Vegan fine dining in Covid-struck South Tel Aviv

Share with your friend

    Friend’s name: *

    Friend’s email: *

    Your name: *

    Your email: *

    Subject: *


    CAPTCHA: captcha

    How a sustainable, plant-based fine dining paradise manages to thrive in the midst of a pandemic. Plus a recipe for charred potato, cherries, and smoked almond milk.

    In the middle of COVID-struck South Tel Aviv, a magical wonderland of vegetables exists within the realm of the traditional but recently trending Levinsky Market.

    Oparestaurant is a departure from the grit and grime of the surrounding area. Run by Israeli-born chef restauranteur and Culinary Institute of America trained chef Shirel Berger, the restaurant specializes in sustainable vegan fine dining.

    Opa is the epitome of farm-to-table sustainable cooking, drawing dishes and inspiration from its urban rooftop garden and the produce of small specialty farmers of the market.

    Berger is a composer, and fruits and vegetables are her musical notes. She is one of those magician-like chefs whose fine dining wizardry makes one forget to even miss the meat.

    This brunch menu item at Opa features a roasted carrot in place of sausage. Photo by Aviv Shkury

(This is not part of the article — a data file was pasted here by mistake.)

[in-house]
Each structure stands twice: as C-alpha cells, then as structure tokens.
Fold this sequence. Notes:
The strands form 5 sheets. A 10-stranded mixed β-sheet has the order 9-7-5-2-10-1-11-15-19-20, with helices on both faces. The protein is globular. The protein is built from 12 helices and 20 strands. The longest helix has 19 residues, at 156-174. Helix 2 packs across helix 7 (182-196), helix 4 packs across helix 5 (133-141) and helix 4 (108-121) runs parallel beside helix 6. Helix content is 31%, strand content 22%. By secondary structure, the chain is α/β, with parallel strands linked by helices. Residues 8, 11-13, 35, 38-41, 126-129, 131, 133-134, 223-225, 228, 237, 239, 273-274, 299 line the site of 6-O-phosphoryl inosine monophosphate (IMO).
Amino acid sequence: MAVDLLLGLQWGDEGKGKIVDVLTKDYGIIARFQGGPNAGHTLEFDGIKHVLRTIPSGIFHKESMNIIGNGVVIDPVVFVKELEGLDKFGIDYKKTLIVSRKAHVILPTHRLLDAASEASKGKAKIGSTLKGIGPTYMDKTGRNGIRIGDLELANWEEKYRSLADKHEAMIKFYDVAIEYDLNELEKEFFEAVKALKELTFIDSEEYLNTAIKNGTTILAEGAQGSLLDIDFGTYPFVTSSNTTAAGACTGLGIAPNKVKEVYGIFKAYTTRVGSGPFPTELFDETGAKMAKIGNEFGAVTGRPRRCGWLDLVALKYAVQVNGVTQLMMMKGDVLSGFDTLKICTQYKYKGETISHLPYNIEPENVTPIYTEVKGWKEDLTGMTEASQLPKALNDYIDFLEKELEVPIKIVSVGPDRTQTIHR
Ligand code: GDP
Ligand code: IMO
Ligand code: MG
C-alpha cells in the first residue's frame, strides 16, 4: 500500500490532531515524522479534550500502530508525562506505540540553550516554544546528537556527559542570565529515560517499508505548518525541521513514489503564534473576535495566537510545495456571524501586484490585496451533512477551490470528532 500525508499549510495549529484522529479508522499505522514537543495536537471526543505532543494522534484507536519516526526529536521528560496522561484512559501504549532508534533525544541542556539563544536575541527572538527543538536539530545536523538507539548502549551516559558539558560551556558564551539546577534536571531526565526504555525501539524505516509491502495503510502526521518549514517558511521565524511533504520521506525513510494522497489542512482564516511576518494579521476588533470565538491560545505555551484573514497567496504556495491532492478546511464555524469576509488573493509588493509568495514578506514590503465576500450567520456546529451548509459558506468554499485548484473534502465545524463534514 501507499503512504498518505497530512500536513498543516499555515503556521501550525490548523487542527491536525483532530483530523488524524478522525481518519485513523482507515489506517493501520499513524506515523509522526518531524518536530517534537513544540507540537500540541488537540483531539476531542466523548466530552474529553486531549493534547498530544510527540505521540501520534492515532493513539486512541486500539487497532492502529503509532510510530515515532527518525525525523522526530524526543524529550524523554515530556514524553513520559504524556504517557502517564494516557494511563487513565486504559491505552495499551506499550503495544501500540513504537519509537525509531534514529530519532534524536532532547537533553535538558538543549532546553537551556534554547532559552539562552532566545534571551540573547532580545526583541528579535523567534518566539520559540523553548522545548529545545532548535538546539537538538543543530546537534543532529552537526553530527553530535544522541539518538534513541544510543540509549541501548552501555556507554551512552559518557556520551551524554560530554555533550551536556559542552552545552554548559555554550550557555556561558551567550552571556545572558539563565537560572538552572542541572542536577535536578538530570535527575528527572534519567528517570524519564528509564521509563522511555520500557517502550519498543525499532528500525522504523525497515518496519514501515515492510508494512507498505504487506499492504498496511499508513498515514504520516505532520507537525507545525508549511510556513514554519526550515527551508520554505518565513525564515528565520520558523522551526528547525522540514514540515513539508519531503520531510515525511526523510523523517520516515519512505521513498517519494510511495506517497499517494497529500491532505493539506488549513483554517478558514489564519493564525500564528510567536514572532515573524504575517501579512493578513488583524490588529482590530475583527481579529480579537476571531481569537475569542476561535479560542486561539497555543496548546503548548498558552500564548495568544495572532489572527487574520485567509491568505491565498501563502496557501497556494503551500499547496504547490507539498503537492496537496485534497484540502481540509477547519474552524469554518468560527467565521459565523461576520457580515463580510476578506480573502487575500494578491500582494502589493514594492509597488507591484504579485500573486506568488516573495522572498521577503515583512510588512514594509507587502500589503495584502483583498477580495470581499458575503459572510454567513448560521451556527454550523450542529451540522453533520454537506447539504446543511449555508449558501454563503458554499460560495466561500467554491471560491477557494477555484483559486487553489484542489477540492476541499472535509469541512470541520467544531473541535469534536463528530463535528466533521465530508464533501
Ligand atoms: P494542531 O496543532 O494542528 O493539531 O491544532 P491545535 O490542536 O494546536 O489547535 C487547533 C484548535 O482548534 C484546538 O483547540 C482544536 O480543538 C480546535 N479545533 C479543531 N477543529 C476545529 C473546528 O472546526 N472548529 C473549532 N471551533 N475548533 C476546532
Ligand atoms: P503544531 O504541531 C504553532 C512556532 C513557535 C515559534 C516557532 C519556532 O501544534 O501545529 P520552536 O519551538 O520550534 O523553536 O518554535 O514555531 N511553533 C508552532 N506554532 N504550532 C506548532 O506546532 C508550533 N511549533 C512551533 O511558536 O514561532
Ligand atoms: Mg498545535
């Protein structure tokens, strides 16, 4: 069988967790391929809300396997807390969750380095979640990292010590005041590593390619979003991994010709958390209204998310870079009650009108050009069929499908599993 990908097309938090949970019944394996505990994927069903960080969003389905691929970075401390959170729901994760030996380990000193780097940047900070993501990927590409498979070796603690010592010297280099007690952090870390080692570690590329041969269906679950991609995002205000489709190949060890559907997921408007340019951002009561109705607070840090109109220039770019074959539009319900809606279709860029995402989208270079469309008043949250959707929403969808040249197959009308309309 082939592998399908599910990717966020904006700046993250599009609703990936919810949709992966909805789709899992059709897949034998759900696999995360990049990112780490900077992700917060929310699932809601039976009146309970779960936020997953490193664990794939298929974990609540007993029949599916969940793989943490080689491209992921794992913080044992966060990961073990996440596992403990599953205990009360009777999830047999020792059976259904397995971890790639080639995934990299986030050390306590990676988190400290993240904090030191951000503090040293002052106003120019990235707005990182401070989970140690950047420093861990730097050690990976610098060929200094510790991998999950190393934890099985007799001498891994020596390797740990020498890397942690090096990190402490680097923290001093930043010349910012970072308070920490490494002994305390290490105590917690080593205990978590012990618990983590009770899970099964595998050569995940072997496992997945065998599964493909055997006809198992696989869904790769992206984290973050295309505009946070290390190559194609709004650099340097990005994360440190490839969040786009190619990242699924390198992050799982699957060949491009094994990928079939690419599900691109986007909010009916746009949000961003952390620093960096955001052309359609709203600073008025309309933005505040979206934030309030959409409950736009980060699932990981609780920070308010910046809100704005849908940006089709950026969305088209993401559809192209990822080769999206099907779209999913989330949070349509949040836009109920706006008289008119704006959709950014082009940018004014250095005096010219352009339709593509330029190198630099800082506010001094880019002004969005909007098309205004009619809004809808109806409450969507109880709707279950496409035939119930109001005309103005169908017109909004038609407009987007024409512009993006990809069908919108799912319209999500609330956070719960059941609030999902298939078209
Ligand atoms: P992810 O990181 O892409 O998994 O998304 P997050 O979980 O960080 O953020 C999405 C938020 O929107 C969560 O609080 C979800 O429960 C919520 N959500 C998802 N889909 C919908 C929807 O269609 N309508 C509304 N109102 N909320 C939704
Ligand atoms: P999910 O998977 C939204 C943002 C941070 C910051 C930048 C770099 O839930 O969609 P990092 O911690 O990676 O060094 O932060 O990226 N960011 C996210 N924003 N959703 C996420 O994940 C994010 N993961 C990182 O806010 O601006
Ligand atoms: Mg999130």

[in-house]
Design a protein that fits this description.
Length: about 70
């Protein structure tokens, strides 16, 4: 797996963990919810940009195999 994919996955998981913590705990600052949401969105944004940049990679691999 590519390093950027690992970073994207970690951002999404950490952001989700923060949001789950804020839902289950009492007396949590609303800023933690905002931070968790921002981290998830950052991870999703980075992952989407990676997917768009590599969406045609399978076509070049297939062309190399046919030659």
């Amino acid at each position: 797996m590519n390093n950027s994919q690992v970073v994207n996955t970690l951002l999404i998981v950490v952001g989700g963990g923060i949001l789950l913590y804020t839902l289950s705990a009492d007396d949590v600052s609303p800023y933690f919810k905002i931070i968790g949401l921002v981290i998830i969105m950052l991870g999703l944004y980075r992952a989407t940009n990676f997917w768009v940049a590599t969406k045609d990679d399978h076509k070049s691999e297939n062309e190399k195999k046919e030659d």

Opa (“grandfather” in German) is in the right place at the right time in post-modern Tel Aviv, a city whose cuisine has morphed into the kind of celebratory veganism that makes thinly sliced roasted beets into a satisfying meal.

    Berger’s focus is wholly set on honoring beautiful produce (and a few nuts). Her menu doesn’t even feature the beans or legumes that tend to steal the spotlight in vegan cooking. She highlights singular items through unexpected and creative cooking techniques.

    Green chickpeas, Satureja (a savory herb), avocado, and leek oil arranged artfully at Opa. Photo by Aviv Shkury

    Dining at the restaurant is filled with delightful surprises, like the menu, a minimalistic matter-of-fact list of basic ingredients makes a point to not give away what you’re going to get.

    I spoke with Berger to see how she and her staff were surfing the tide in the current economy of shutdowns and restrictions, as well as general uncertainty for business owners.

    Chaos is good

    I was momentarily concerned when she described her current state as “in chaos” until I realized hers was the good kind of panic that comes from a packed restaurant — at least as packed as places are allowed to be right now.

    Opa is booked “at least two weeks in advance,” she tells me. “I’d say we’re going back to normal, if not a more chaotic state.It’s like opening a restaurant all over again from the beginning.”

    Opa staff pickled berries and vegetables to preserve them during the corona shutdown. Photo: courtesy

    The sudden restaurant shutdown imposed on March 15 in Israel left Berger, and presumably other chefs, in a dilemma of what to do with all the food. She and her staff canned and pickled whatever they could to keep it from going to waste.